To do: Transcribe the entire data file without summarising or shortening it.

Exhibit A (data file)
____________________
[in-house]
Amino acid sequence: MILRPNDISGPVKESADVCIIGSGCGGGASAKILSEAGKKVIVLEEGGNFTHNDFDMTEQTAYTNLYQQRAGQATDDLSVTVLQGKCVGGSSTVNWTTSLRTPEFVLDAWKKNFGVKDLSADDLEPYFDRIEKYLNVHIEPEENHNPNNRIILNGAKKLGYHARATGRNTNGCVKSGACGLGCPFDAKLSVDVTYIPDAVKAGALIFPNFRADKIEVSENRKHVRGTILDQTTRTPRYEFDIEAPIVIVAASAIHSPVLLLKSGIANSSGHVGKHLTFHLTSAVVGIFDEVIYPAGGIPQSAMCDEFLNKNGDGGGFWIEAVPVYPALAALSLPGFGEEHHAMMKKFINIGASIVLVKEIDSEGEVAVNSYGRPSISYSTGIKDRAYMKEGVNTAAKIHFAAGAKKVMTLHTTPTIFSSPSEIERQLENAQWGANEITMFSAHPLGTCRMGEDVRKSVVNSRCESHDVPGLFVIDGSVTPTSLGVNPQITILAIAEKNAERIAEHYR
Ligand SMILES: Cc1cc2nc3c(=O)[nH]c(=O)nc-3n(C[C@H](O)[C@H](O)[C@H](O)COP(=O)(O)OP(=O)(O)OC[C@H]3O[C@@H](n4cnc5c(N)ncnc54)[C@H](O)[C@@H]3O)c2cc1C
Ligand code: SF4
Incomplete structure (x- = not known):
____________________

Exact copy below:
[in-house]
Amino acid sequence: MILRPNDISGPVKESADVCIIGSGCGGGASAKILSEAGKKVIVLEEGGNFTHNDFDMTEQTAYTNLYQQRAGQATDDLSVTVLQGKCVGGSSTVNWTTSLRTPEFVLDAWKKNFGVKDLSADDLEPYFDRIEKYLNVHIEPEENHNPNNRIILNGAKKLGYHARATGRNTNGCVKSGACGLGCPFDAKLSVDVTYIPDAVKAGALIFPNFRADKIEVSENRKHVRGTILDQTTRTPRYEFDIEAPIVIVAASAIHSPVLLLKSGIANSSGHVGKHLTFHLTSAVVGIFDEVIYPAGGIPQSAMCDEFLNKNGDGGGFWIEAVPVYPALAALSLPGFGEEHHAMMKKFINIGASIVLVKEIDSEGEVAVNSYGRPSISYSTGIKDRAYMKEGVNTAAKIHFAAGAKKVMTLHTTPTIFSSPSEIERQLENAQWGANEITMFSAHPLGTCRMGEDVRKSVVNSRCESHDVPGLFVIDGSVTPTSLGVNPQITILAIAEKNAERIAEHYR
Ligand SMILES: Cc1cc2nc3c(=O)[nH]c(=O)nc-3n(C[C@H](O)[C@H](O)[C@H](O)COP(=O)(O)OP(=O)(O)OC[C@H]3O[C@@H](n4cnc5c(N)ncnc54)[C@H](O)[C@@H]3O)c2cc1C
Ligand code: SF4
Incomplete structure (x- = not known):